Predator/Prey Relations

Though they are of spiny-fin, proficient with their razor-like peduncle scalpels, and can be ciquatoxic (poisonous for fish or human consumption), predatory fishes consume Sailfins.

Measure grouper, moray and lionfish mouths twice before introducing Zebrasoma.

Reproduction, Sexual Differentiation:

Except for Z. scopas where males noticeably change color during spawning and are quite a bit larger than females, and males of Z. rostratum which show white setae (bristles) before their peduncular spines, Zebrasoma tangs show little sexual dichromatism or dimorphism (color or structural differences between males and females).

Spawning by Zebrasoma species occurs by pairs and schools, with two or more fishes swimming rapidly toward the surface releasing their gametes. Planktonic larvae drift about via currents for weeks to a few months, with good fortune settling about a propitious reef.

Feeding/Foods/Nutrition: Types, Frequency, Amount, Wastes

Zebrasoma tangs are celebratedly herbivorous; in the wild they subsist on micro- and/or macro-algae. However, Sailfins in captivity on do best diets of meaty and vegetable materials; offered often, in small amounts.

Green foods may consist of natural algae, grown live, prepared for human consumption, or processed into flakes, pellets for pet-fish use. Some terrestrial material may make part of this mix. If utilizing broccoli, spinach, et al., do freeze or blanch it in boiling water to soften.

Many behavioral problems are prevented by having some green material available at all times; granting the fish something to nibble on other than each other. This is the primary benefit to be derived by the daily offering of virtually non-nutritive lettuce. A frozen, steamed, microwaved or boiled leaf can easily be offered on a specialty clip or banded to a rock for ready removal of the remains.

A note regarding "feeding strikes", where for no apparent reason(s), a fish will forego feeding. This happens quite a bit with Zebrasoma. If yours seems to have "given up the ghost" and stopped eating, don't you give up. Very often, just as quickly, these surgeons will resume feeding, regaining their girth. Check `your water chemistry, try a water change, an offering of a new green food... this often stirs resumption of feeding. Understand that these fishes go through periods of non-feeding naturally in the wild, storing fat in their body cavities.

Disease: Infectious, Parasitic, Nutritional, Genetic, and Social

Sailfin tangs are just as susceptible to marine ich and velvet (Amyloodinium) diseases as other surgeons; they are more responsive and less toxified by the usual remedies however. Copper compounds, dyes and formalin-formaldehyde preparations used in quarantine will assure eradication of these protozoan foes before introduction into your main display system.

A note here concerning "black spot" disease, on yellow tangs in particular. My "old" graduate school roommate, Mike Kent with the help of (Dr.) Andy Olson worked out the life cycle of this "free-living" Turbellarian flatworm. This small commensal/parasite species (Paravortex), can be easily "wiped clean" off new fishes by way of a freshwater dip/bath of a few minutes duration; with or without other chemical additives.

Nutritional disorders of Sailfin tangs are so common a cause of disfigurement and loss that we'll mention them here as a disease that can be avoided and "cured". Research has shown that vitamin A & C deficiencies are a "cause" or co-cause of color loss and head and lateral-line-erosion (acronym HLLE). This pitting may be sent into remission and reversal with the feeding of these vitamins. Some aquarists utilize specific chemical food supplementation; others rely on natural or terrestrial veggie sources (broccoli, carrots...) as a source.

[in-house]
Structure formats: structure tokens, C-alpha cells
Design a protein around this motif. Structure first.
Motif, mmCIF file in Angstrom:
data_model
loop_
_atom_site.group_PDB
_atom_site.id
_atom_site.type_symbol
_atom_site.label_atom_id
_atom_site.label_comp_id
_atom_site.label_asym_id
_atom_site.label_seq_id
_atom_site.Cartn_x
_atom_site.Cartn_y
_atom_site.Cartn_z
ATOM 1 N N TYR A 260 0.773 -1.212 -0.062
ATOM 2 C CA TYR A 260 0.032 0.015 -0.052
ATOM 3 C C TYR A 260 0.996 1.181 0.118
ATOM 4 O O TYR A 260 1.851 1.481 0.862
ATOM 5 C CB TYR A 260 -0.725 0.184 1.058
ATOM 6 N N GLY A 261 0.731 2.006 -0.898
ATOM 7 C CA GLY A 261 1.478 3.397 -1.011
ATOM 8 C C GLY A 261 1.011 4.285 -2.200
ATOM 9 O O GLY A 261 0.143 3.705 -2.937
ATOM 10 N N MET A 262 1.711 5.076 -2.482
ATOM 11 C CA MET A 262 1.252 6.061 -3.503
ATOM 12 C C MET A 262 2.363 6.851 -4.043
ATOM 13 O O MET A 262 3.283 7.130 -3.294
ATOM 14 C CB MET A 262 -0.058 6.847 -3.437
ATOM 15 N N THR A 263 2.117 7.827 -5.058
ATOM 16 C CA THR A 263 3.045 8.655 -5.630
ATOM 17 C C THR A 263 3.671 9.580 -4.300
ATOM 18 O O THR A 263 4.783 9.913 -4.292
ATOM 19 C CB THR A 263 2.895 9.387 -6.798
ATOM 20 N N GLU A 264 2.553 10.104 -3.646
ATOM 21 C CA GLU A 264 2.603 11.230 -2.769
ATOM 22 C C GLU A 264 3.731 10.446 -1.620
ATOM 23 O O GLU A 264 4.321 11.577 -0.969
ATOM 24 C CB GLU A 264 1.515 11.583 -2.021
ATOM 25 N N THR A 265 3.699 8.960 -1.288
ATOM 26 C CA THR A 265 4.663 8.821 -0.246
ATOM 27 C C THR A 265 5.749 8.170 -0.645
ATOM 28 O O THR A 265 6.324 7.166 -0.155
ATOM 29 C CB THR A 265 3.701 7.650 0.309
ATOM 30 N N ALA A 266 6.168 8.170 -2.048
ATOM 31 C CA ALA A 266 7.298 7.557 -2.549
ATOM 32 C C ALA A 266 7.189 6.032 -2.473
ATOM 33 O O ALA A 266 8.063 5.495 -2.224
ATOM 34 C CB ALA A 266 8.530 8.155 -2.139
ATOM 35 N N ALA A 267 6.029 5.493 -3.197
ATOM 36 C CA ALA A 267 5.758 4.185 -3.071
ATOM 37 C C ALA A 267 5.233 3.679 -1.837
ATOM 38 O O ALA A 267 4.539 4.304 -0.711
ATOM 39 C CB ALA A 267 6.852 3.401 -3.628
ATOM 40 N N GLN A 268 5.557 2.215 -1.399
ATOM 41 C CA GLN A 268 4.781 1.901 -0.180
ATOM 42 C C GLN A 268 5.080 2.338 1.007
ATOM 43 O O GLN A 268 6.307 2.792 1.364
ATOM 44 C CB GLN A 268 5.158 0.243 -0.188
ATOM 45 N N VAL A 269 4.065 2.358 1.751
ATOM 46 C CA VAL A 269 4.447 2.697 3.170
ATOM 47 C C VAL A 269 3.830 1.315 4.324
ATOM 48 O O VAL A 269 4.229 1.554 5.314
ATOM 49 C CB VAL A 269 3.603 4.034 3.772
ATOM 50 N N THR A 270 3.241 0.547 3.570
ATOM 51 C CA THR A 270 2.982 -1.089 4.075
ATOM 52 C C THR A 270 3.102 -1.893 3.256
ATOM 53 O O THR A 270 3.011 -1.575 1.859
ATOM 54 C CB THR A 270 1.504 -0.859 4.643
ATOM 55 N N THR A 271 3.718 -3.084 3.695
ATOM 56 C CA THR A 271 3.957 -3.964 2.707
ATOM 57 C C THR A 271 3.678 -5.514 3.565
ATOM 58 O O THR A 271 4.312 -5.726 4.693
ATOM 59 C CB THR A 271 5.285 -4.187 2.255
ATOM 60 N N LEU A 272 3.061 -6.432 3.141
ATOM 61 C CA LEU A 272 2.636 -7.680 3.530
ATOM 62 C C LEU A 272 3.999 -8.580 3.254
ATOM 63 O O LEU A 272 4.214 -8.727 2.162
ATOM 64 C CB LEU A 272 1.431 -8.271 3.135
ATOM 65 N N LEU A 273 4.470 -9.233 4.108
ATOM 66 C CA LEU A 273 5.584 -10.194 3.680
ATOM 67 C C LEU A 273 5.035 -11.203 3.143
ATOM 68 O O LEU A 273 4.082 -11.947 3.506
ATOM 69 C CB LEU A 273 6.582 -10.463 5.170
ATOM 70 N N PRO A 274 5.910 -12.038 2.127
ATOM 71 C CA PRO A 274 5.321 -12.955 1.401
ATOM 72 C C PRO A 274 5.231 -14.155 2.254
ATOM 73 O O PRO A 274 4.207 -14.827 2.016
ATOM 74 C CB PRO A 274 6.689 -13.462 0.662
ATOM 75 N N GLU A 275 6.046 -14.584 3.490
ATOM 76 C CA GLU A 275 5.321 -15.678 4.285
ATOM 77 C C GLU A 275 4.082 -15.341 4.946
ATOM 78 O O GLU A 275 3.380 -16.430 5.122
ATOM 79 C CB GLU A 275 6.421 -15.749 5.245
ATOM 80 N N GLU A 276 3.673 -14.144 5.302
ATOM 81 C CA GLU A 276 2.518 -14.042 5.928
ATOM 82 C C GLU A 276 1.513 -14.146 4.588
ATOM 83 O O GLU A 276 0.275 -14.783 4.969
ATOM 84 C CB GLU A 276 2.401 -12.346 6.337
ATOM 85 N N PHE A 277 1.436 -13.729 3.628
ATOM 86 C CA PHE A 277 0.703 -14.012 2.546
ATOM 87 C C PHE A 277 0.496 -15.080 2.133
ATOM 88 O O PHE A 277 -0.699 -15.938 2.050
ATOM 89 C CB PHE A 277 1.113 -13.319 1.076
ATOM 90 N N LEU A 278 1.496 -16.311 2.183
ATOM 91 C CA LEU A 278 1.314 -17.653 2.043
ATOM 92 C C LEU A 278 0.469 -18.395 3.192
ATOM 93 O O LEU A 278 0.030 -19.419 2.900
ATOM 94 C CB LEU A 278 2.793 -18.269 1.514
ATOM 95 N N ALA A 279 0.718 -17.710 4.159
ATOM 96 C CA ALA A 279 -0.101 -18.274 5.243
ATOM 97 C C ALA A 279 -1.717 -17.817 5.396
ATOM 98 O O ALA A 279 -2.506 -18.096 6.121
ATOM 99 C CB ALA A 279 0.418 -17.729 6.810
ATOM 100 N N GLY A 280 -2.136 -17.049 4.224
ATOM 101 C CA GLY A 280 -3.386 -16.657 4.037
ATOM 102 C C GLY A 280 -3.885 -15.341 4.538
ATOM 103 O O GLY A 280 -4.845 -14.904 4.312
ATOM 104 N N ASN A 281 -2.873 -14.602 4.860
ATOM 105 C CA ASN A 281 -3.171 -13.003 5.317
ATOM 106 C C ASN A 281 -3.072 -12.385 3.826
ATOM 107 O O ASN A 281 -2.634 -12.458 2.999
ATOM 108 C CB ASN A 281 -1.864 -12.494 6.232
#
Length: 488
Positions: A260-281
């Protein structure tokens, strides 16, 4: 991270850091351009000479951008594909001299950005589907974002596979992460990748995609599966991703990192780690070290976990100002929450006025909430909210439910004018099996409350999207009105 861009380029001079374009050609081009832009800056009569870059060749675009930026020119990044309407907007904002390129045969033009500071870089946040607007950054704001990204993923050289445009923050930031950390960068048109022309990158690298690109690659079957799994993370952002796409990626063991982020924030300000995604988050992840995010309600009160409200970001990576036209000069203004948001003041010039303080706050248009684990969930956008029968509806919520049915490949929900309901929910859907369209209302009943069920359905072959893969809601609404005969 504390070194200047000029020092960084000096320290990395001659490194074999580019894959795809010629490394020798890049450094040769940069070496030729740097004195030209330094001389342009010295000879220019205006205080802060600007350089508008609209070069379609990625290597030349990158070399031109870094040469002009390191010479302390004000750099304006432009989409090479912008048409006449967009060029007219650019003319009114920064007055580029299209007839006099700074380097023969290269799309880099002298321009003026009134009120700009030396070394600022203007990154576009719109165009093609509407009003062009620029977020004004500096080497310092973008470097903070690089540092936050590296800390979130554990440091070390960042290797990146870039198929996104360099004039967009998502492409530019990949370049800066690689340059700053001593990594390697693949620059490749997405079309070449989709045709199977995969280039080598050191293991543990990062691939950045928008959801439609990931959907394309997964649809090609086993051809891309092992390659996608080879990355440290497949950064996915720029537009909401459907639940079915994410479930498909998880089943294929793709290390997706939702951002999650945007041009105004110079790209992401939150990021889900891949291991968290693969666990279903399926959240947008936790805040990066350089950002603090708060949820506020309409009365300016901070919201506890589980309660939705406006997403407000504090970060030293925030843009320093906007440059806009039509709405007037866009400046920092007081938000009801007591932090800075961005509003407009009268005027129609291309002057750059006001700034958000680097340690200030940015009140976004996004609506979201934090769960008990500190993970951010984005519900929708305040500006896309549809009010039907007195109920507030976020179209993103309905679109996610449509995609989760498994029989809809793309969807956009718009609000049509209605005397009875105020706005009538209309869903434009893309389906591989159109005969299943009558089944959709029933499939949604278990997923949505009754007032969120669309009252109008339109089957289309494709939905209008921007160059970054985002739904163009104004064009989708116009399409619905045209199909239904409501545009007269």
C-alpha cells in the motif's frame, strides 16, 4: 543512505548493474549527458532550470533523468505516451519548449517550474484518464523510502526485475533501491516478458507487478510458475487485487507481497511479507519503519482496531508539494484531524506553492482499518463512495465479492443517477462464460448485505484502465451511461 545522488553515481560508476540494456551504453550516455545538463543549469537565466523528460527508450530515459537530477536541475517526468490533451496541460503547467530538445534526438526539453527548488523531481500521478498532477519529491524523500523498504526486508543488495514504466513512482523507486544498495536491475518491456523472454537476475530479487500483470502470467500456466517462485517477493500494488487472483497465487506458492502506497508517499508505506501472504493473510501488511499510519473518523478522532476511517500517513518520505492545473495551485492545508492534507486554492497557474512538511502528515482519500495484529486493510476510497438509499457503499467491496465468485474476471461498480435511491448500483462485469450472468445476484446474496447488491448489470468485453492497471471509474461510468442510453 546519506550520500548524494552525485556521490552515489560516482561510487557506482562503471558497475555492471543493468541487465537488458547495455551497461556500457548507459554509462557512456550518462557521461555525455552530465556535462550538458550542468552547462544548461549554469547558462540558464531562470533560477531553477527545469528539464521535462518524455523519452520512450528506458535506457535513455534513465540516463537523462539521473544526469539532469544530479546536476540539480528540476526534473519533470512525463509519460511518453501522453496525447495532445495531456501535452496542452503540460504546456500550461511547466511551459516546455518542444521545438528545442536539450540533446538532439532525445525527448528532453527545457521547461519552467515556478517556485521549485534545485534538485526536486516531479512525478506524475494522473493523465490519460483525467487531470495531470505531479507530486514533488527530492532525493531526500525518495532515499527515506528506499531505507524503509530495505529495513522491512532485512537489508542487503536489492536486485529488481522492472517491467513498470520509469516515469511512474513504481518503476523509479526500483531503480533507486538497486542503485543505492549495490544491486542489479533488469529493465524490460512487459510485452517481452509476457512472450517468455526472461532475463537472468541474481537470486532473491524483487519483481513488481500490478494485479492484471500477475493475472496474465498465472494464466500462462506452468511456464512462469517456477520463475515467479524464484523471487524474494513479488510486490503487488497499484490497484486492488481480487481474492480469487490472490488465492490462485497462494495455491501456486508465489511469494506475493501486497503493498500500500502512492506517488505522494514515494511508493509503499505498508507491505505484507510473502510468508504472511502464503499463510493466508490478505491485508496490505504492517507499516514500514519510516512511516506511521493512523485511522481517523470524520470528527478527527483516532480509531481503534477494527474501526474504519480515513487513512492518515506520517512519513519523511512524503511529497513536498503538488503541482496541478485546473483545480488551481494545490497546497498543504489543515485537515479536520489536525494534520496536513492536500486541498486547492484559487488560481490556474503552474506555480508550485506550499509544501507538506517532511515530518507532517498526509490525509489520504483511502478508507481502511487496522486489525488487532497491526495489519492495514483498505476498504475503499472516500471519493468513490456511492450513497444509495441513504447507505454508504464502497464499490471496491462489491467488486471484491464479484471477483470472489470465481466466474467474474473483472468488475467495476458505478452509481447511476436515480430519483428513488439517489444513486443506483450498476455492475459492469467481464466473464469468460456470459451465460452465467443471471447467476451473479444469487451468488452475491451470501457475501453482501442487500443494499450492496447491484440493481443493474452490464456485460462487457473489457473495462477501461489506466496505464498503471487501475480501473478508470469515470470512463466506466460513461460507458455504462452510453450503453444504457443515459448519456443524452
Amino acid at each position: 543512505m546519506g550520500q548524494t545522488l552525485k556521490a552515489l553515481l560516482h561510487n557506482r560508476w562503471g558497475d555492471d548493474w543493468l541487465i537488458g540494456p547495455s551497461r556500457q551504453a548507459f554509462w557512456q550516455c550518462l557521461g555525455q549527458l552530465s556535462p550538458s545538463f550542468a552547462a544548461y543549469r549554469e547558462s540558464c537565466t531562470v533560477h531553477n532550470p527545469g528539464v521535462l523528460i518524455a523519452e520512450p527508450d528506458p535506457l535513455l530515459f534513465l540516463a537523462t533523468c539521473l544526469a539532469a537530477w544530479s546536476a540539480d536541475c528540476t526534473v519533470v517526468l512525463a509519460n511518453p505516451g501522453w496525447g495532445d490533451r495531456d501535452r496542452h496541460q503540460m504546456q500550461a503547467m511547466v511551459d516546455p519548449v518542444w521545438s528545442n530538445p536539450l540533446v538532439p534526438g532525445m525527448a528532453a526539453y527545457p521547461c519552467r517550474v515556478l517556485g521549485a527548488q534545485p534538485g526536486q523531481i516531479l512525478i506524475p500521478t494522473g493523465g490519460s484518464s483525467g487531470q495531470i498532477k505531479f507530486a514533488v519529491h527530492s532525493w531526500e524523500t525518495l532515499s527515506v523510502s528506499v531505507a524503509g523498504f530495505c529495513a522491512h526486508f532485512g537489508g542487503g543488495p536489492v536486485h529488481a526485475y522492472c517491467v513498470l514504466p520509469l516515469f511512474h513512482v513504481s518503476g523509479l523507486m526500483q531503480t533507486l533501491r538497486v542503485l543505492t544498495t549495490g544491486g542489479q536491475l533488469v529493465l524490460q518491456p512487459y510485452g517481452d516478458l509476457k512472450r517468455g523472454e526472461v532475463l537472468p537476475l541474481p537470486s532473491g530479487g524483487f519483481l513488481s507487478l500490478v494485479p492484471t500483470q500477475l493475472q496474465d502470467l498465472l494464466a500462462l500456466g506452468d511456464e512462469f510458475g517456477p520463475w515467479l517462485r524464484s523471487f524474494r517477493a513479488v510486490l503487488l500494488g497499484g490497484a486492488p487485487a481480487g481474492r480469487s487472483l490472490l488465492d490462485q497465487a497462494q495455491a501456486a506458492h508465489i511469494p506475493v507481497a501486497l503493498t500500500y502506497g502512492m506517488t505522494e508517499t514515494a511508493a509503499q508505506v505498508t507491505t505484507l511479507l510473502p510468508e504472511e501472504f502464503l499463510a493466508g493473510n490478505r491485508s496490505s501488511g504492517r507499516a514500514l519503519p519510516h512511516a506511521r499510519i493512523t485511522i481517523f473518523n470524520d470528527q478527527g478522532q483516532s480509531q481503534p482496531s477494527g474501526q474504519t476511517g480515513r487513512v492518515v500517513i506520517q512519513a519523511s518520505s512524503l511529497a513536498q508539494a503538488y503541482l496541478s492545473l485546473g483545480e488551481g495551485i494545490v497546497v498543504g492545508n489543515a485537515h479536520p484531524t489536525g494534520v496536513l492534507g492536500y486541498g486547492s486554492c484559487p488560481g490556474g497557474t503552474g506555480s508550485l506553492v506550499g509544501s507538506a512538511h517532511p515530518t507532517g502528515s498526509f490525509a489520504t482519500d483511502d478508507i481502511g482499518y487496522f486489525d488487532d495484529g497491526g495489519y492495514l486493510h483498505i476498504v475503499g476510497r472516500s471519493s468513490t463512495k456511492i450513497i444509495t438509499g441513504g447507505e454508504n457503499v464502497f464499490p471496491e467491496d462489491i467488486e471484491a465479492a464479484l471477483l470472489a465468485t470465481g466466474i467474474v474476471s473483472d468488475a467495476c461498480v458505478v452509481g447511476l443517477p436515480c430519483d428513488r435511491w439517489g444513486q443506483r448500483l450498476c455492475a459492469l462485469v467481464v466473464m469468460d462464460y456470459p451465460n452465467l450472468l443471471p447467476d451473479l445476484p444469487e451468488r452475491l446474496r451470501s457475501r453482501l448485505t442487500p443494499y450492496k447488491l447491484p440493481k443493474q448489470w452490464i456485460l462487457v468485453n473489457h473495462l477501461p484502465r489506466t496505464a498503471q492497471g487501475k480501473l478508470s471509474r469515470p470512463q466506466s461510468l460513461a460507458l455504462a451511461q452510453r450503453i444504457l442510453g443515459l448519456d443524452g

For hardiness, adaptability, peaceful nature, acceptance of prepared foods, and beauty it's not hard, but impossible to beat the tangs of the genus Zebrasoma. All they ask for is adequate space, some algae, and decor to hide in and compatible tankmates.

Bibliography/Further Reading:

New Print and eBook on Amazon

Marine Aquarium Algae Control

by Robert (Bob) Fenner

Burgess, Warren E. 1973. Salts from the seven seas (on the Species Z. veliferum & Z. desjardinii. TFH 5/73.

Burgess, Warren E. 1979. The genus Zebrasoma. TFH 11/79.

Campbell, Douglas G. 1979. Fishes for the beginner, A guide for the new marine hobbyist, Parts three and four, Tangs. FAMA 1,2/79.

Chlupaty, Peter. 1989. Keeping the yellow tang. TFH 7/89.

Debelius, H. 1975? Useful information on surgeon fish. Aquarium digest Intl. #29, pp 31-33., #31, pp 28-29.

Debelius, Helmut. 1993. Indian Ocean Tropical Fish Guide. Aquaprint Verlags, Germany.

Debelius, Helmut & Hans A. Baensch. 1994. Marine Atlas, Vol.1. MERGUS, Germany.

Fenner, Robert. 1998 The Conscientious Marine Aquarist. Microcosm, VT. 432pp.

Fenner, Robert. 2000. A Fishwatcher's Guide to the Tropical Marine Aquarium Fishes of the World. WetWebMedia, San Diego. 192pp. 

Guiasu, Radu C. & Richard Winterbottom. 1993. Osteological evidence for the phylogeny of recent genera of surgeonfishes (Percomorpha, Acanthuridae). Copeia 1993(2):300-312.

Jones, Lawrence L.C. 1988. Care and maintenance of tangs in captivity. Part one: Food and feeding. FAMA 10/88.

Michael, Scott W. 1995. Tangs of the genus Zebrasoma. AFM 4/95 and SeaScope Fall 92.

Maisey, John G. 1996. Fossil surgeonfishes. TFH 4/96.

Nelson, Joseph S. 1984. Fishes of the World. 2nd Ed. Wiley.

Pyle, Richard L. 1990. The gem tang Zebrasoma gemmatum (Cuvier and Valenciennes). FAMA 8/90.

Pyle, Richard L. & Lisa A. Privatera. 1990. The black longnose tang Zebrasoma rostratum (Gunther). FAMA 4/90.

Randall, J.E. 1955. A revision of the surgeonfish genera Zebrasoma and Paracanthurus. Pac. Sci. 9:396-412.

Randall, J.E. 1975 Hawaiian fish profiles. ADI 3:2, pp 12,13.

Randall, J.E. 1986. Acanthuridae; in Smith's Sea Fishes. Springer-Verlag, Germany. pp. 811-823.

Surgeonfishes: Tangs for  Marine Aquariums
Diversity, Selection & Care

New eBook on Amazon: Available here
New Print Book on Create Space: Available here

by Robert (Bob) Fenner